Wisconsin Program to Help Workers During Pandemic Sees Spike in Use
MADISON, Wis. (AP) — A program in Wisconsin designed to help small companies retain workers during slow business periods has taken off after changes were made in reaction to the coronavirus pandemic to allow more employees to qualify.
Since mid-March, more than 14,000 workers have signed up to receive partial unemployment benefits funded by the federal government under the Work-Share program, the Wisconsin Department of Workforce Development reported on Tuesday. There had been just shy of 900 participants from 2016 until mid-March. There are now 342 Work-Share plans in place compared with 20 before.
“This is a really great program that I’m almost evangelic about when I talk about it,” U.S. Rep. Mark Pocan, who is also a small business owner, told The Associated Press.
Pocan said still too few businesses know about the program and its benefits, but he predicted that its use will spike as loans paid to businesses under the federal paycheck protection program run out in early June.
Work-Share allows employers to retain workers during slow business periods by reducing their hours and allowing them to file for partial unemployment benefits to make up the difference. The workers are able to retain employer-provided benefits. It is open to full, part-time, salaried, and exempt employees.
In its coronavirus relief bill signed by Gov. Tony Evers, the Wisconsin Legislature changed the program to make it easier for more people to qualify.
“This was one where I think people looked at it and realized it was a good idea, the governor was on board, legislative leaders in both parties were on board, they got it done,” Pocan said.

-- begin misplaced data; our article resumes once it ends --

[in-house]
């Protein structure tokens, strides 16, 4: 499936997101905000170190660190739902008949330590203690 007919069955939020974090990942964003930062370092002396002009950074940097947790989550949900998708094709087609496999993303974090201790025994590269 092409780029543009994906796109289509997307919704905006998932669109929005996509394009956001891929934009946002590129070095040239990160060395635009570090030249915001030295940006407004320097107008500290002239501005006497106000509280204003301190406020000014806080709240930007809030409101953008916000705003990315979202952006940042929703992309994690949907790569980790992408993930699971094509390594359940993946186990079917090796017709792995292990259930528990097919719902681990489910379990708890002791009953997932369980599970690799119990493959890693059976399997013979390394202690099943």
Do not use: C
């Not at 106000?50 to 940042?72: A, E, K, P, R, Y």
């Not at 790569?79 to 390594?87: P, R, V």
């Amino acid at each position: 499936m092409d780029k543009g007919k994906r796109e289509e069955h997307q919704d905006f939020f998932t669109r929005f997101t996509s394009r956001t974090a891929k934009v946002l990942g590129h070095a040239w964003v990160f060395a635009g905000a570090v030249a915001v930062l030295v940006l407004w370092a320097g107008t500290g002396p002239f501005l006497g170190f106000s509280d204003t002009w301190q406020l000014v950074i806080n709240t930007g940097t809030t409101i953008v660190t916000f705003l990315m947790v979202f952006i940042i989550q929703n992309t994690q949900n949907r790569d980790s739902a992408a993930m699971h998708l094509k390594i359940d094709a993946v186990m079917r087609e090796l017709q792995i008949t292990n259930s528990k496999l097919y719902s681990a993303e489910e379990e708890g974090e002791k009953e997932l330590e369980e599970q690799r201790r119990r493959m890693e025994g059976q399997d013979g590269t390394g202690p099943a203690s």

The minimum number of workers covered under any plan was reduced from 20 to two. The maximum reduction in work hours covered under the program was also increased from 50% to 60%. And under the federal coronavirus relief bill, once the employer’s plan is approved, the federal government pays for all unemployment benefits through the end of the year.
With the changes in place, the program is one of the most powerful tools to help small business owners weather the pandemic, but many don’t know about it, Pocan said. He represents the Madison area in Congress and has owned a small sign-making business for 32 years.
Pocan said the program will be especially useful for restaurants, bars and entertainment facilities that won’t open back up all at once, but that may be able to employ people for fewer hours.
Workforce Development Secretary Caleb Frostman also encouraged employers in the state to take advantage of the program to keep people working who otherwise would be laid off. More than 550,000 workers in Wisconsin have filed for unemployment since mid-March.